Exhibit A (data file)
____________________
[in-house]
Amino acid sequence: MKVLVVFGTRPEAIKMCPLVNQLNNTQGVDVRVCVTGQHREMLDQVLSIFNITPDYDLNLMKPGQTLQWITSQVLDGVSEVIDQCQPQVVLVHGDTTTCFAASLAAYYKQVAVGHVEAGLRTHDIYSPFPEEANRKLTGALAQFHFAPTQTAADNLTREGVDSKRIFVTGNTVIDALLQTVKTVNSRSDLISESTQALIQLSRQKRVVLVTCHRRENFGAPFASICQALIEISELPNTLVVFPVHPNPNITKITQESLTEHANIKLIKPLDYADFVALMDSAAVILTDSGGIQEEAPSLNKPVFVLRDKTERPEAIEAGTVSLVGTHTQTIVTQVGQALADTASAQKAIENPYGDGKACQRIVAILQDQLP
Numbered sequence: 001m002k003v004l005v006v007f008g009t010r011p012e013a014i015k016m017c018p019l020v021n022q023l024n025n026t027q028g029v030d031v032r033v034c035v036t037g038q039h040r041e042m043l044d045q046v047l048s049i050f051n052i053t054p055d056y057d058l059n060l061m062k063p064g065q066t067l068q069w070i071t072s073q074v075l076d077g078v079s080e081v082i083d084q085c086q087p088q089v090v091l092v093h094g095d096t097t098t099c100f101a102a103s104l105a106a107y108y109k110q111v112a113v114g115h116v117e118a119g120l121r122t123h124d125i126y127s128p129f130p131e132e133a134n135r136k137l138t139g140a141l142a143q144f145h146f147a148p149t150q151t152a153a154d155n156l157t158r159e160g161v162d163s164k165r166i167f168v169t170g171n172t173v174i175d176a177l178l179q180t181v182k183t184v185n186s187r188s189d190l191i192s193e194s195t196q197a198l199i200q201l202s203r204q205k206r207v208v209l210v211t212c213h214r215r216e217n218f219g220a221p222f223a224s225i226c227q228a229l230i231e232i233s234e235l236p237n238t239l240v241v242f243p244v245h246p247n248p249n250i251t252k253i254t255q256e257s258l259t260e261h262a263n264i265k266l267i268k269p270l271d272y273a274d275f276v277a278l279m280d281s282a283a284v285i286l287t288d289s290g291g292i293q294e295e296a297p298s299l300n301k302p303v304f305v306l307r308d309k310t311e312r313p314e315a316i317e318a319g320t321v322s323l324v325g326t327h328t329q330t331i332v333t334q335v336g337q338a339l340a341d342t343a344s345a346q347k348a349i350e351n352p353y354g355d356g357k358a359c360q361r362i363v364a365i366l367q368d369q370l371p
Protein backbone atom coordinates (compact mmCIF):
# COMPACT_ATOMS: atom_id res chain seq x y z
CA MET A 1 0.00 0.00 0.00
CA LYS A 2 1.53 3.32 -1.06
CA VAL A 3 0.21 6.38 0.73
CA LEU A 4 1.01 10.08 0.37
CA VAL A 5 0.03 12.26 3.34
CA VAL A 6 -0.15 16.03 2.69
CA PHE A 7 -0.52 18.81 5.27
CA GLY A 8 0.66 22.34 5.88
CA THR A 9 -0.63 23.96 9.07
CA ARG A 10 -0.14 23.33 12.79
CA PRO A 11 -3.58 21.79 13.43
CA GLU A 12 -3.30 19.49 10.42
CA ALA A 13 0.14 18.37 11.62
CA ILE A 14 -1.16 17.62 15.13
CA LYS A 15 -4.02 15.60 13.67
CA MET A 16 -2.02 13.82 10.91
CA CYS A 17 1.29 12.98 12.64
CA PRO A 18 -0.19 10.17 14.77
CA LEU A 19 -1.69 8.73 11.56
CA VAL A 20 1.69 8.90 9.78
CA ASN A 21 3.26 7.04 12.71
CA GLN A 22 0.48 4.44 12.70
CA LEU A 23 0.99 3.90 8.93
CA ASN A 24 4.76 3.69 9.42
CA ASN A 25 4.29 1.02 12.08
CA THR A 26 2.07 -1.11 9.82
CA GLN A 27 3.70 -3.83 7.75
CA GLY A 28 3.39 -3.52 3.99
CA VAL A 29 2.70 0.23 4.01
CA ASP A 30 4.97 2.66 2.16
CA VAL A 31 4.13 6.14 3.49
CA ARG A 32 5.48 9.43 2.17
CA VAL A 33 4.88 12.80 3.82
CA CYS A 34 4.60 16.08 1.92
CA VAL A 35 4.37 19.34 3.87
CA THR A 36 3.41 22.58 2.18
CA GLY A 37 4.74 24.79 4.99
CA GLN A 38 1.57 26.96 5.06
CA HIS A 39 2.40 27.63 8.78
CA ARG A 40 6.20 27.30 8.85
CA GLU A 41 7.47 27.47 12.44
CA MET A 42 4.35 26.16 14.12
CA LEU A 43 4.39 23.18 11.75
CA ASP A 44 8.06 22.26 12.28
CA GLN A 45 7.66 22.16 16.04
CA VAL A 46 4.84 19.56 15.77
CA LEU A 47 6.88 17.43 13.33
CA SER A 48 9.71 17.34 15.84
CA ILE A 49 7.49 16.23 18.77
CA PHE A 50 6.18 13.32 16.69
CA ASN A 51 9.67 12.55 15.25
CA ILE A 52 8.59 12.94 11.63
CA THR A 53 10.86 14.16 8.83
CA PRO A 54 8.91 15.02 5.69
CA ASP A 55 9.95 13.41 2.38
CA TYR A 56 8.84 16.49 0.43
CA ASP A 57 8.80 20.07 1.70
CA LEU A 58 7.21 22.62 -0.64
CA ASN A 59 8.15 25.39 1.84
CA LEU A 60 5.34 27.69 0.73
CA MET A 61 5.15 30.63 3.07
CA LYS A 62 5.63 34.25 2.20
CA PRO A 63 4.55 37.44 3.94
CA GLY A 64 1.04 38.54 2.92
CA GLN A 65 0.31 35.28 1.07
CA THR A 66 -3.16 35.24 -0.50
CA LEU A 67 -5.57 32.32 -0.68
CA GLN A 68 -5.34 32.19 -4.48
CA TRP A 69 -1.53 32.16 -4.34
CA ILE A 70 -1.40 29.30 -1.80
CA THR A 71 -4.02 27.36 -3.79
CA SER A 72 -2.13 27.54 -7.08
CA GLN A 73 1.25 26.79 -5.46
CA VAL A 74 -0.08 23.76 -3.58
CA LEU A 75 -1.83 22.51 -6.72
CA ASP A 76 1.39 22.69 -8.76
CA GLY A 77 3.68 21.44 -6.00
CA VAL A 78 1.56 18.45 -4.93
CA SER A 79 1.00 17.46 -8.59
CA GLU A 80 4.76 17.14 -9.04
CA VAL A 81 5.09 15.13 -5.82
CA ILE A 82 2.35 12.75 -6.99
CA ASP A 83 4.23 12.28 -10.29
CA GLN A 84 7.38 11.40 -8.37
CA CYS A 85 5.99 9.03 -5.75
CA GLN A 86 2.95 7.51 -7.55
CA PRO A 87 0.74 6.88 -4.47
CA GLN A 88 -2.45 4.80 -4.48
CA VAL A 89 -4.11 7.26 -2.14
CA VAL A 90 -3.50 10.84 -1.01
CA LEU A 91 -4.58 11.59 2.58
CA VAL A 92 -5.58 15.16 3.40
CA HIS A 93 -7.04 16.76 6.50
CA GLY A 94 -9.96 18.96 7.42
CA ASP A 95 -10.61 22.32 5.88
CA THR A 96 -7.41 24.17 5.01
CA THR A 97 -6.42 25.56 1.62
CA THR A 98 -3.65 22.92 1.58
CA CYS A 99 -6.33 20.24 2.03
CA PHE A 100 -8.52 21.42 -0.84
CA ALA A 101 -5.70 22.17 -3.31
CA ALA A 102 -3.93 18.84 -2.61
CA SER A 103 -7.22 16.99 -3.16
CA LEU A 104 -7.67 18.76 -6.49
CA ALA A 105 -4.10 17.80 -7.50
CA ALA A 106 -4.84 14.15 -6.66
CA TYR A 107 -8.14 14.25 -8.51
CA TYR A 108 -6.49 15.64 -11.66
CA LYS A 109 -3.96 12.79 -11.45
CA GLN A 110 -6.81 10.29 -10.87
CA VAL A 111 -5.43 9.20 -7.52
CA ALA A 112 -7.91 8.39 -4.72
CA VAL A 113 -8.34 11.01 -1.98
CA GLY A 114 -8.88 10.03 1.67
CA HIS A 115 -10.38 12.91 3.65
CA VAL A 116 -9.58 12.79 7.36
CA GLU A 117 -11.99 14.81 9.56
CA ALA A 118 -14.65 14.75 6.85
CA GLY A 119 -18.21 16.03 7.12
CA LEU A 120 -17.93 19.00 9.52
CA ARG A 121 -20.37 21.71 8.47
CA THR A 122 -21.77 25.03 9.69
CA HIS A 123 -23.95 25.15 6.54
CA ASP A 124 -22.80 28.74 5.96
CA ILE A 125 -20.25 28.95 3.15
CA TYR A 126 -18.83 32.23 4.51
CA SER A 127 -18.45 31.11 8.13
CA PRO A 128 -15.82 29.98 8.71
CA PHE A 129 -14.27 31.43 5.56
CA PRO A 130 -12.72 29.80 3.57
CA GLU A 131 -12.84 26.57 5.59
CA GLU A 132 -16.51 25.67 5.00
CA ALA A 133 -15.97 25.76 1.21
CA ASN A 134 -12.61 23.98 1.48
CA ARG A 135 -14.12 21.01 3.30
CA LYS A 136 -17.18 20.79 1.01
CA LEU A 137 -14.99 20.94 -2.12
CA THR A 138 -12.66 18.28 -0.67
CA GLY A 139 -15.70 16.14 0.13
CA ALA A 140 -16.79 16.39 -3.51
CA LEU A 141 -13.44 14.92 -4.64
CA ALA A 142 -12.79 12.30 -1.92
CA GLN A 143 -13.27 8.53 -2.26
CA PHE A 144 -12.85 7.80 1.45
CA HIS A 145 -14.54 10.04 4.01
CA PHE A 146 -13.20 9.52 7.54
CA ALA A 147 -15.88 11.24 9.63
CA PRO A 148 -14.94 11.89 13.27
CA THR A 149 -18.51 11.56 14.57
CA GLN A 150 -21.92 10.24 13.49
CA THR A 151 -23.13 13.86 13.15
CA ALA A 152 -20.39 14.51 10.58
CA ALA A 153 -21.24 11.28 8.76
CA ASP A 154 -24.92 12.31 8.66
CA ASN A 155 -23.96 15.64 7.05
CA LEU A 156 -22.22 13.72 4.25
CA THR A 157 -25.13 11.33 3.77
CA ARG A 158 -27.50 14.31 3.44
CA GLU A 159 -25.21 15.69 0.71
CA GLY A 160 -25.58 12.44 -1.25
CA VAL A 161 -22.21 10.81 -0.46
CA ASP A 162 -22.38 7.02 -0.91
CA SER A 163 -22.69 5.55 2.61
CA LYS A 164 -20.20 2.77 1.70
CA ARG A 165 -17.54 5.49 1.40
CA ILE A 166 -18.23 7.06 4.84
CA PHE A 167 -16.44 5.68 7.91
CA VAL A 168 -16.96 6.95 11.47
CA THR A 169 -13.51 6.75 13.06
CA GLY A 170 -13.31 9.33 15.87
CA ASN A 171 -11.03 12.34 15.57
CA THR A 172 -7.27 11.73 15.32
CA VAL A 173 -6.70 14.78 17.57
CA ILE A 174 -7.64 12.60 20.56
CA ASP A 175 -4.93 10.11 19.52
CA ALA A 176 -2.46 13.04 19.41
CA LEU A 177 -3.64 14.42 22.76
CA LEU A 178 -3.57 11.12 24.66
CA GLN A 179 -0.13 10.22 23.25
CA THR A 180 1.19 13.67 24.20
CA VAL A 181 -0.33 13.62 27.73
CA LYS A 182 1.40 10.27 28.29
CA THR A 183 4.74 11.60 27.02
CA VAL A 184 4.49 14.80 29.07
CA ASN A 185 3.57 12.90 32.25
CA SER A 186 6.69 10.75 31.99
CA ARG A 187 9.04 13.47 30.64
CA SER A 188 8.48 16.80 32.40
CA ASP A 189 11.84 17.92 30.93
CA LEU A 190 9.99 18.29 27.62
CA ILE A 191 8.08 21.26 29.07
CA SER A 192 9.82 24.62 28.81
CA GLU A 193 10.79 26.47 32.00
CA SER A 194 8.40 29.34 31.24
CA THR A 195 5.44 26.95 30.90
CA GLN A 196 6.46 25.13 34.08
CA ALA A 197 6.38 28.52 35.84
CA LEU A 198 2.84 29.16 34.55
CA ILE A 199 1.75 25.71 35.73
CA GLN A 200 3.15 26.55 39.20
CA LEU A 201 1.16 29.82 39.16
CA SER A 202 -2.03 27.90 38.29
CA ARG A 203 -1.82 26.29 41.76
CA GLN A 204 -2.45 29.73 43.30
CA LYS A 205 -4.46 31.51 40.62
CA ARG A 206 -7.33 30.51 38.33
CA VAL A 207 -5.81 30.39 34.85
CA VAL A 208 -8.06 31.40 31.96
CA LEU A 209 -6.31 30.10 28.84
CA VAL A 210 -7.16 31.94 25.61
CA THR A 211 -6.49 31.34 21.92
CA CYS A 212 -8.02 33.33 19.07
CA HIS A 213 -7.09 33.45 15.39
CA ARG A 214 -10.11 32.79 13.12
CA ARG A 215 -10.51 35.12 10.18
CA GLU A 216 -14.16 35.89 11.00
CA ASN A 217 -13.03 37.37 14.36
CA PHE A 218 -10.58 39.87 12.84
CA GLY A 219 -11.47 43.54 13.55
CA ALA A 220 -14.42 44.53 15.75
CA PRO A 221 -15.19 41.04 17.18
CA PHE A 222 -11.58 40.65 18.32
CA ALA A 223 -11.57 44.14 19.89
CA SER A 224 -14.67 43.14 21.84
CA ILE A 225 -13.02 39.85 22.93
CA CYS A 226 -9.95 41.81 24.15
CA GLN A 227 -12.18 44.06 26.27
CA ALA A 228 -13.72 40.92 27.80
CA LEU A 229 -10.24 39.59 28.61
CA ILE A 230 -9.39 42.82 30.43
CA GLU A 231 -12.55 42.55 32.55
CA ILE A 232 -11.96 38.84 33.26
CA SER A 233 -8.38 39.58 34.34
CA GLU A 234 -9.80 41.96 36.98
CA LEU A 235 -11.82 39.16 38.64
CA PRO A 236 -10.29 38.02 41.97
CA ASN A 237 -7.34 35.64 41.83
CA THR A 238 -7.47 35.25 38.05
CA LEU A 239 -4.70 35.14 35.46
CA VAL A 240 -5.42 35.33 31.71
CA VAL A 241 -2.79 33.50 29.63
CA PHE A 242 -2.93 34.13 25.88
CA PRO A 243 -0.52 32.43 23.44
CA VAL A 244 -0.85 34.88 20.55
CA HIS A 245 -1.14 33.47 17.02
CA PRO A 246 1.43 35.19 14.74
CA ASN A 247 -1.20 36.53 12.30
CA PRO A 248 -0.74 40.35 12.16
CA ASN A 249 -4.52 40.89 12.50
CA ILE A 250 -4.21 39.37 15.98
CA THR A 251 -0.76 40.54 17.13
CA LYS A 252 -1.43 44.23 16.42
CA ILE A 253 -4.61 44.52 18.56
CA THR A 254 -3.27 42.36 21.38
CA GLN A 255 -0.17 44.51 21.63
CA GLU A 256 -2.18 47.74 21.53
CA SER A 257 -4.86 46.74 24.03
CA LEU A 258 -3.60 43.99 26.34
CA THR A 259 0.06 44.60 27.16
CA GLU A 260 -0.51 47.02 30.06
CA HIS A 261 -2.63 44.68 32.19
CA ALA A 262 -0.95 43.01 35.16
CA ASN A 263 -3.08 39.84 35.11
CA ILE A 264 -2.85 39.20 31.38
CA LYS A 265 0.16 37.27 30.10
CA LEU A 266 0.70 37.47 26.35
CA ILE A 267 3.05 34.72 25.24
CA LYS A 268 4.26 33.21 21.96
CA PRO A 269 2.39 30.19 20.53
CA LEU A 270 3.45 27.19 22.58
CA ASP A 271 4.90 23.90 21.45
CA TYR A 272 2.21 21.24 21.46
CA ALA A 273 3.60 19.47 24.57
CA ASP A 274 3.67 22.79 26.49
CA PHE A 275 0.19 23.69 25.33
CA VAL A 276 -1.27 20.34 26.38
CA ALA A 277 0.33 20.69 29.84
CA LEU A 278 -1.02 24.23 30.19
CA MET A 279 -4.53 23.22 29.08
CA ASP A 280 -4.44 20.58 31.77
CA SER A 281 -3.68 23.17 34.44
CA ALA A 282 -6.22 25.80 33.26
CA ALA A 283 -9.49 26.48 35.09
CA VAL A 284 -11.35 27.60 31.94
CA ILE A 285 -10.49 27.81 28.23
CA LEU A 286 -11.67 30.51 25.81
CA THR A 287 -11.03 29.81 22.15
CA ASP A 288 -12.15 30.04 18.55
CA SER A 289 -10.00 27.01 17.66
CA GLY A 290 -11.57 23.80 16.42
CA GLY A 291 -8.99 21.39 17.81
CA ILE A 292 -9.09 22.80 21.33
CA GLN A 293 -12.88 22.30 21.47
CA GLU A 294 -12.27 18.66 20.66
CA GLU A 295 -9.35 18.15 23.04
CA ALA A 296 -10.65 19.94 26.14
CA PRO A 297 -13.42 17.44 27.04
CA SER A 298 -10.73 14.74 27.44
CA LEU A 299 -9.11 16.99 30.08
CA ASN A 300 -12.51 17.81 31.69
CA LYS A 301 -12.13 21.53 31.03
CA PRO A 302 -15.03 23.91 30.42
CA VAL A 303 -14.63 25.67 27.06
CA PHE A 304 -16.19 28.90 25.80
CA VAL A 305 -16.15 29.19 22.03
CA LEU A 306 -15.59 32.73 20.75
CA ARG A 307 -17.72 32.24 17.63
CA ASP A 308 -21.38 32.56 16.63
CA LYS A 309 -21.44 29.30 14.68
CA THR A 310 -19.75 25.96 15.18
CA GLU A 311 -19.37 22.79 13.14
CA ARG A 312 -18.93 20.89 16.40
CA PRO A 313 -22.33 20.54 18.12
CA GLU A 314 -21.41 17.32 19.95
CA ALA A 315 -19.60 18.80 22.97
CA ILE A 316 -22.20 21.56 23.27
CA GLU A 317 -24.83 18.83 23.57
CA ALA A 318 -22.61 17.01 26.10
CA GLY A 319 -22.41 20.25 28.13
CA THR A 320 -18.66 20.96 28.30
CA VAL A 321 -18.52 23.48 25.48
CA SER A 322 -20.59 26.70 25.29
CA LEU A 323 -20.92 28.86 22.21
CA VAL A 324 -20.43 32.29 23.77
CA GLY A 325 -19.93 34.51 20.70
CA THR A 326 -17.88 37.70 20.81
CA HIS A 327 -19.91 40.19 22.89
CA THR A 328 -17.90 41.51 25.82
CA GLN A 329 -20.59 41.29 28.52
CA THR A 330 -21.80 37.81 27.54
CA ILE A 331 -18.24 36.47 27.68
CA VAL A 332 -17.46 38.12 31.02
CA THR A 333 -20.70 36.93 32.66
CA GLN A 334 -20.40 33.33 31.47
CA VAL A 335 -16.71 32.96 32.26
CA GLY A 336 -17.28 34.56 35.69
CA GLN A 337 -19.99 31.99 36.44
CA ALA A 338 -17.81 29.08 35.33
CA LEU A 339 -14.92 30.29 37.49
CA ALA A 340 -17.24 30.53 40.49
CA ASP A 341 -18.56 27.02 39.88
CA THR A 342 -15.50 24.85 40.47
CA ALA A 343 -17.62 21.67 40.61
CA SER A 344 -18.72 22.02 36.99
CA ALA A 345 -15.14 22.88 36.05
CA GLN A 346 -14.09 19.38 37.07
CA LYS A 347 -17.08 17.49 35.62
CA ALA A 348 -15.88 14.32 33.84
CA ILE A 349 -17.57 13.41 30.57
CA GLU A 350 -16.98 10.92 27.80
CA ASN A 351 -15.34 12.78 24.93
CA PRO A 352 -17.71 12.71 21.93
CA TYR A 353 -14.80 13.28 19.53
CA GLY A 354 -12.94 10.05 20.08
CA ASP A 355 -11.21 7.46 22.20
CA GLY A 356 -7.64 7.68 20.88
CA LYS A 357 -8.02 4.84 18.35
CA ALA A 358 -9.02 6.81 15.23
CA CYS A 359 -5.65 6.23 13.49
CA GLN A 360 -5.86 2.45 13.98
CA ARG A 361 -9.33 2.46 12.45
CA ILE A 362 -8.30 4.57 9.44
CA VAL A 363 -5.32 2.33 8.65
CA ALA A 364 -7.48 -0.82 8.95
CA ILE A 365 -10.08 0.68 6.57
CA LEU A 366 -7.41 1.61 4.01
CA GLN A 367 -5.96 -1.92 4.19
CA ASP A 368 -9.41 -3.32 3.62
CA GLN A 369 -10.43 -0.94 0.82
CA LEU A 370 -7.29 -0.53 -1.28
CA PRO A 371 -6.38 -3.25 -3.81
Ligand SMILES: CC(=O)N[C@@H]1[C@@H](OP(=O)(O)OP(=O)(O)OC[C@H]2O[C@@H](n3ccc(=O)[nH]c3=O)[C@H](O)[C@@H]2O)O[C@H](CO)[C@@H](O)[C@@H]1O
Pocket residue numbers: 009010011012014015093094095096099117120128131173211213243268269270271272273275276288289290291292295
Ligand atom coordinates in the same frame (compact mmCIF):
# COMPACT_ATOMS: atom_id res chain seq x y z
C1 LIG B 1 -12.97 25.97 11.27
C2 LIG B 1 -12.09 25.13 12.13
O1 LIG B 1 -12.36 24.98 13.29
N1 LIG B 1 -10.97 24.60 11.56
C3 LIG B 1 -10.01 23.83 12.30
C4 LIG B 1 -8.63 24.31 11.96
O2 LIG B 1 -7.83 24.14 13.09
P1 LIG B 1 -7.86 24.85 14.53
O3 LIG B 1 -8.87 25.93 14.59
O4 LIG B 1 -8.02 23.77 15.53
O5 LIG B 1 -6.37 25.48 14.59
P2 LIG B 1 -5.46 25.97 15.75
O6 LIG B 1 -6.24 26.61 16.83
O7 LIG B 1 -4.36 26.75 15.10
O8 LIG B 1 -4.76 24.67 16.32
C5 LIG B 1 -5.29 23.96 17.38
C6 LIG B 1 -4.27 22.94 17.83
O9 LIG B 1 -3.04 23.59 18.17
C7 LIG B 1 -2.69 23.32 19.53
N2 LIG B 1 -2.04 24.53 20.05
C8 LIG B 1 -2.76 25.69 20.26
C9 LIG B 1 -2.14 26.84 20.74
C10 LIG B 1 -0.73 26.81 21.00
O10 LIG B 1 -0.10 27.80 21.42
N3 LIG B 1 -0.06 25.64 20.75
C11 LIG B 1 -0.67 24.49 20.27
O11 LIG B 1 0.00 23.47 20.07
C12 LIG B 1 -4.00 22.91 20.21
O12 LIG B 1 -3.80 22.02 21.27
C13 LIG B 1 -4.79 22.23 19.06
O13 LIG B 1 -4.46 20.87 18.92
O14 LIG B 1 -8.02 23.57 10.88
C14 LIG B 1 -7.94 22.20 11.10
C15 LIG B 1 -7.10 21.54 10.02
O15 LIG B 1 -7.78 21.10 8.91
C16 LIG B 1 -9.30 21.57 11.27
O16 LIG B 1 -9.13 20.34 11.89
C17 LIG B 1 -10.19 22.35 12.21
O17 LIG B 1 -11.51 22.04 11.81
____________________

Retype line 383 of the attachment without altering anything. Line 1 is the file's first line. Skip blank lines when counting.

O1 LIG B 1 -12.36 24.98 13.29